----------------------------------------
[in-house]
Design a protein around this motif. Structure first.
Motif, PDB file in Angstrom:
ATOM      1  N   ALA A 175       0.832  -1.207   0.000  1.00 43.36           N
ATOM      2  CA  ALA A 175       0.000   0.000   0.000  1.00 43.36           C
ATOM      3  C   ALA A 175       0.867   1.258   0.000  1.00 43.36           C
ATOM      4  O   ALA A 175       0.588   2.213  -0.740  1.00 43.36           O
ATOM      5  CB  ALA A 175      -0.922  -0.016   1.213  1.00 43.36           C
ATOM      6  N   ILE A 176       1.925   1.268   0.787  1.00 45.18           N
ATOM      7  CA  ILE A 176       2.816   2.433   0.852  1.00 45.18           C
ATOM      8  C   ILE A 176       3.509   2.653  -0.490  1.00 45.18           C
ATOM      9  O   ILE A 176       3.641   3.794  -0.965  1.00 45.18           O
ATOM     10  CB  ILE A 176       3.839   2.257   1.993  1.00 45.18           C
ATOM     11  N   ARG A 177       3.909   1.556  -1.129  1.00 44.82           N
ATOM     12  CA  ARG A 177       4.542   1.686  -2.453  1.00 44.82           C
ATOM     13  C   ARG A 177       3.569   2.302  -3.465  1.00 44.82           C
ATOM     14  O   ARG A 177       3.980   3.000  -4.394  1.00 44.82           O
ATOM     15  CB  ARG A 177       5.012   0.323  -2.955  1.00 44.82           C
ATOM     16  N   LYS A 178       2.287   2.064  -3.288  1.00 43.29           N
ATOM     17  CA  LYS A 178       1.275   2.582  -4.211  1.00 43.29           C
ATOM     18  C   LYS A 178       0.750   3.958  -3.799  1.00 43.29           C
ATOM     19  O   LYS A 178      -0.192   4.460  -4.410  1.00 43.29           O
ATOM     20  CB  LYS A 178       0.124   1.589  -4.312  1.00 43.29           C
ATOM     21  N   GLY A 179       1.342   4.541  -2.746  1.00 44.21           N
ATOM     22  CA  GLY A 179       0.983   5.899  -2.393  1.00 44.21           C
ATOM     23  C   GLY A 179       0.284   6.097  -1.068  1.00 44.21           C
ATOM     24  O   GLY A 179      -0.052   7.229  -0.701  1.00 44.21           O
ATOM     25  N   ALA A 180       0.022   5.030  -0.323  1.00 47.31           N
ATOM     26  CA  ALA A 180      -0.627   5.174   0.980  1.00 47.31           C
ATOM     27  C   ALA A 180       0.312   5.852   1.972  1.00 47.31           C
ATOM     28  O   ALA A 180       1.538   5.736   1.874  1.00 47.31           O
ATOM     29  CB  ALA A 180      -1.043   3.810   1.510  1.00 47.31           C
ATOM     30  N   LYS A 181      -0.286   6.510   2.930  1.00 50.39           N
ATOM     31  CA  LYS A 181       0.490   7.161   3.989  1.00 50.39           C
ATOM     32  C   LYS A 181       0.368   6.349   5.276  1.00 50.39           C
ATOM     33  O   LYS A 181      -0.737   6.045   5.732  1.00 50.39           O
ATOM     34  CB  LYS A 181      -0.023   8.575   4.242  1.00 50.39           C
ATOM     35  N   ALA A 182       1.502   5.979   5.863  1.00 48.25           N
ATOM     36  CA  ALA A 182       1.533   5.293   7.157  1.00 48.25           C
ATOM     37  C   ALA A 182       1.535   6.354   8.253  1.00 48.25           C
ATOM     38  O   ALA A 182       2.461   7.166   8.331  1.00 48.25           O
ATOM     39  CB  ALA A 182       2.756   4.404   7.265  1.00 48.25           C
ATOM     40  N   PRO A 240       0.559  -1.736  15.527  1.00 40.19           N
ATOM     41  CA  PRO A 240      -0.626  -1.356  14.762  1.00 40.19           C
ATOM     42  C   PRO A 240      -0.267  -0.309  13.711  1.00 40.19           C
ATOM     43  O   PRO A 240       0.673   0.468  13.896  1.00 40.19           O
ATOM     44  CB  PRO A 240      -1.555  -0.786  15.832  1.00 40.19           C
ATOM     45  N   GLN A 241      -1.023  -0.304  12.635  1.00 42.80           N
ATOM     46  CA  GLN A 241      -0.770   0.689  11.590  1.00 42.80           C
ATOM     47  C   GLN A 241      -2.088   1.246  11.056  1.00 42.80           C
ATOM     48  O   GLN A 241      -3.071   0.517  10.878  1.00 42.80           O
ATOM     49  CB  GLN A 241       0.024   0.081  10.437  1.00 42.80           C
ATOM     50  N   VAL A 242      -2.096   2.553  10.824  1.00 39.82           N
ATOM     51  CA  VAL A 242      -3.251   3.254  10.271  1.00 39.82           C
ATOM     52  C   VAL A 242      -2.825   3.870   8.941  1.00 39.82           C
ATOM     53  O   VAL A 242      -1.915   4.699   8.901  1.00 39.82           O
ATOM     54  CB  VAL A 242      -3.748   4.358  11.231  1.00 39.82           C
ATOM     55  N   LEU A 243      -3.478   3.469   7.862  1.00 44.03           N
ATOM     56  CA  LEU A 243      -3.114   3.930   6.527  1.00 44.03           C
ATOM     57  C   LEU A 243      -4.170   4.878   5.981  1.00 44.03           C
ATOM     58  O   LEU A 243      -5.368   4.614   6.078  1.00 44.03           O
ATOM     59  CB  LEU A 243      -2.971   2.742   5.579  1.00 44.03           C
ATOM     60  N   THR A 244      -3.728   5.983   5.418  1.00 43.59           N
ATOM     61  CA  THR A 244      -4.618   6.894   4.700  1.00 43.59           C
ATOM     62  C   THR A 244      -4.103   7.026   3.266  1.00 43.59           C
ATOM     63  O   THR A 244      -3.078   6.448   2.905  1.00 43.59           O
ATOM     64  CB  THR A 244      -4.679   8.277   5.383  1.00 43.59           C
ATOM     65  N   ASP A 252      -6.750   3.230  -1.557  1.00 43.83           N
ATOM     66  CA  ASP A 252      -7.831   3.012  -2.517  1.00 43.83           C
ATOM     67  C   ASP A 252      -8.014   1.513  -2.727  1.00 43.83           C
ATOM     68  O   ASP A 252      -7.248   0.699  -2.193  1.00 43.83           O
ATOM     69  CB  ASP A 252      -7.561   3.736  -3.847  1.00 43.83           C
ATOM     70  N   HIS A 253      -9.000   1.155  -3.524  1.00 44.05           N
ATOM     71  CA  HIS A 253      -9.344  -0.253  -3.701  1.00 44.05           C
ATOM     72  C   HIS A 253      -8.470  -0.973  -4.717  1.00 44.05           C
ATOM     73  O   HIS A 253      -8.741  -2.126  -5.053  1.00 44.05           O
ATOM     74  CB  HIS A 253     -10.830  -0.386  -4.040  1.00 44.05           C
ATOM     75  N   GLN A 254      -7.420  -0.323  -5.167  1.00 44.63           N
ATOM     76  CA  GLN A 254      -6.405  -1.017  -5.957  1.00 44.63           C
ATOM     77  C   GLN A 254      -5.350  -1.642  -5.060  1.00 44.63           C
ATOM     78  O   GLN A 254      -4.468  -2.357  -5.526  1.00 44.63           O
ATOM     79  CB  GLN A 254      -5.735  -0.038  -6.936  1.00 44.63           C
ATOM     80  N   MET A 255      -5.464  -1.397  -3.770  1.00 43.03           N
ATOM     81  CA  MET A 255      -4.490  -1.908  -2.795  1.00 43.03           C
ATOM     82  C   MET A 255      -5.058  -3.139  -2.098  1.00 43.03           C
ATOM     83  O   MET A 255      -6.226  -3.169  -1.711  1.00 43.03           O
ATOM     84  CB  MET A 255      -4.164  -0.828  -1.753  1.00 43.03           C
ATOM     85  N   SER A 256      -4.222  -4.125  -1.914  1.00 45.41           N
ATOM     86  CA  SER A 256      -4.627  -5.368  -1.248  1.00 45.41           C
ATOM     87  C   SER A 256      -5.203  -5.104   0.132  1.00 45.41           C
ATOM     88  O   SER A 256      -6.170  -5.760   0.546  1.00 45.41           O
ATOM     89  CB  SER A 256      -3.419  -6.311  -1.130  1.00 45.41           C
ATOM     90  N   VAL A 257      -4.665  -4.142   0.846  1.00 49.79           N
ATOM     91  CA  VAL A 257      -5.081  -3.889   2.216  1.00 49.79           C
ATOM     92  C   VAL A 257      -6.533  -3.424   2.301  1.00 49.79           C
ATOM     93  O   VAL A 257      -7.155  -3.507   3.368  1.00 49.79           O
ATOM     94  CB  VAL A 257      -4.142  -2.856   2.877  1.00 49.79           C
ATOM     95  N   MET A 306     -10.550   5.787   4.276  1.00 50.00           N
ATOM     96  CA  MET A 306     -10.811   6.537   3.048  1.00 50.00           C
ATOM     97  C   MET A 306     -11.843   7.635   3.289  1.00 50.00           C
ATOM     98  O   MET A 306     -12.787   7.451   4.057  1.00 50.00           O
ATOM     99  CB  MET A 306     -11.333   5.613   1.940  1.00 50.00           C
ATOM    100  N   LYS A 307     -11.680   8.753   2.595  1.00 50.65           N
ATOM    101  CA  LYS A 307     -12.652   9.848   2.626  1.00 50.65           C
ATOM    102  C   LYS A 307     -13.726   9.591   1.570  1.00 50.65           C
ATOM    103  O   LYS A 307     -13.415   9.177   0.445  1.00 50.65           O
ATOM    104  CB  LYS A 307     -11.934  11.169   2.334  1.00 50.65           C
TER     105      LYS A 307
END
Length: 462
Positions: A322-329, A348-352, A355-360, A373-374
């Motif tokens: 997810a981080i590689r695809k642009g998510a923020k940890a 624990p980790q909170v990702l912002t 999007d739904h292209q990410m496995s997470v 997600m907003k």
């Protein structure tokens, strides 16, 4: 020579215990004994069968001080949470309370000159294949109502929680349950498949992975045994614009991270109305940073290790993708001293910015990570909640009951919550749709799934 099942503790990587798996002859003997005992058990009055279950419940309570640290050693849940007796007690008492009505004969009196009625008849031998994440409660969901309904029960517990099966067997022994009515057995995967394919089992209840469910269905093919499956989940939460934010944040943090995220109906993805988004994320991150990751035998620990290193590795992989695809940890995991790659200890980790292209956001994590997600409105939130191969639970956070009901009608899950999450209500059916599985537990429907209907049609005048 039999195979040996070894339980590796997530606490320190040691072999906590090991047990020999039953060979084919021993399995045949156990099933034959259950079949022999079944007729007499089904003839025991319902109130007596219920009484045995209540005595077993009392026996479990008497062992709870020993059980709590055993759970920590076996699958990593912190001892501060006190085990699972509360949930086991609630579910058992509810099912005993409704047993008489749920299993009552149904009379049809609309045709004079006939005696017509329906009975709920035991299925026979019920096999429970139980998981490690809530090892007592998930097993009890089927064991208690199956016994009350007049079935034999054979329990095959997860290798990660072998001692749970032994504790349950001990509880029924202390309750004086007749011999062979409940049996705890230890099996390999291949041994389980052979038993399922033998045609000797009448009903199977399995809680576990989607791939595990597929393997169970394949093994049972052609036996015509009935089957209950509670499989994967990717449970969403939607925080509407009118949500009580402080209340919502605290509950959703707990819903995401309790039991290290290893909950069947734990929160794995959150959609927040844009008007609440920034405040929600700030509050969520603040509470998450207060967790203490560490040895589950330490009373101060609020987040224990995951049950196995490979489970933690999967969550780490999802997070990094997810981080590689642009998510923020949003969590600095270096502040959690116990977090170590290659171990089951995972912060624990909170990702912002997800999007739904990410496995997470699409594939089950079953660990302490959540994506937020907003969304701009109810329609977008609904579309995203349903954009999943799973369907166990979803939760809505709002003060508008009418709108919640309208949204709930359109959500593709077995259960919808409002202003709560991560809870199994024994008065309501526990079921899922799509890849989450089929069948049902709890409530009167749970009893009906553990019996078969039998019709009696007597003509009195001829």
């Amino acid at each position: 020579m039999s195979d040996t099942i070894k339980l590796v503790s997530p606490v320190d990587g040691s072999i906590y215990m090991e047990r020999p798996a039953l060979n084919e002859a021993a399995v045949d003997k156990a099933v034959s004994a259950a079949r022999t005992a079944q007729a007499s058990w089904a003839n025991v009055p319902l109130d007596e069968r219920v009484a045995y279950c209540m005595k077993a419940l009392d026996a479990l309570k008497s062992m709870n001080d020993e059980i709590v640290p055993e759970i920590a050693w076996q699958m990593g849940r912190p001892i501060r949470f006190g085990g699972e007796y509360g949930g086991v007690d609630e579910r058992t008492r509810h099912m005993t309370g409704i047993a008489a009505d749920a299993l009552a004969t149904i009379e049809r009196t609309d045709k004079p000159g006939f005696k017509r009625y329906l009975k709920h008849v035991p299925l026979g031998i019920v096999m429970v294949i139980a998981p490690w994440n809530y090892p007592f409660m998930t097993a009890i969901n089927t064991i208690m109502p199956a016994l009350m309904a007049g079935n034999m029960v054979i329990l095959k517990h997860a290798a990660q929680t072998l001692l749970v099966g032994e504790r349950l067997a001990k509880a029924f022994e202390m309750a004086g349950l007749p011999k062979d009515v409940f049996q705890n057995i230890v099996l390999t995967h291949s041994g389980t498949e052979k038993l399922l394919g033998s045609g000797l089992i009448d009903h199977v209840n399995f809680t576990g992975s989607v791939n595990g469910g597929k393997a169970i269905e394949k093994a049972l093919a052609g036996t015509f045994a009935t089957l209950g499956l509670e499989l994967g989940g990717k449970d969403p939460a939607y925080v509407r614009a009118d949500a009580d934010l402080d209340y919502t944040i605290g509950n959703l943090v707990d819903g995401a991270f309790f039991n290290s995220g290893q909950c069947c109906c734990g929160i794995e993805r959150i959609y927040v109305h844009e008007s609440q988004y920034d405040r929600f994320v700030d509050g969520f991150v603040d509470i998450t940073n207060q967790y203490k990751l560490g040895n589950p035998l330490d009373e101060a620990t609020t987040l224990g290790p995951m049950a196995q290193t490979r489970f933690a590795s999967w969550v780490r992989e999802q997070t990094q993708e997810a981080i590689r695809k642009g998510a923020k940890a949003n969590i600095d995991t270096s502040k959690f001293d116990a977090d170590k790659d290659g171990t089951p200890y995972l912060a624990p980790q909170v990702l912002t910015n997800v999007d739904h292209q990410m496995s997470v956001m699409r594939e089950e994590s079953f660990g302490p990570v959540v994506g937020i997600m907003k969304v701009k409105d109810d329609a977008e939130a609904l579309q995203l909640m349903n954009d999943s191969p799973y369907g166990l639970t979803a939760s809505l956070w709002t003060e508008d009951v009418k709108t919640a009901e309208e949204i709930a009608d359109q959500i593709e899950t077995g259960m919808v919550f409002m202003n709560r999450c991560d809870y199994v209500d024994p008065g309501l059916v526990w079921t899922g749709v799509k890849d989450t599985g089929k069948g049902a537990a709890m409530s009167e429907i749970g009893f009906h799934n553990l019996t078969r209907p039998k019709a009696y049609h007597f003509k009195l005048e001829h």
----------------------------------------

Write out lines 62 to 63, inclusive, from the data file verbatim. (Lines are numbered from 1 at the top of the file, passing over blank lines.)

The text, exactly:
ATOM     59  CB  LEU A 243      -2.971   2.742   5.579  1.00 44.03           C
ATOM     60  N   THR A 244      -3.728   5.983   5.418  1.00 43.59           N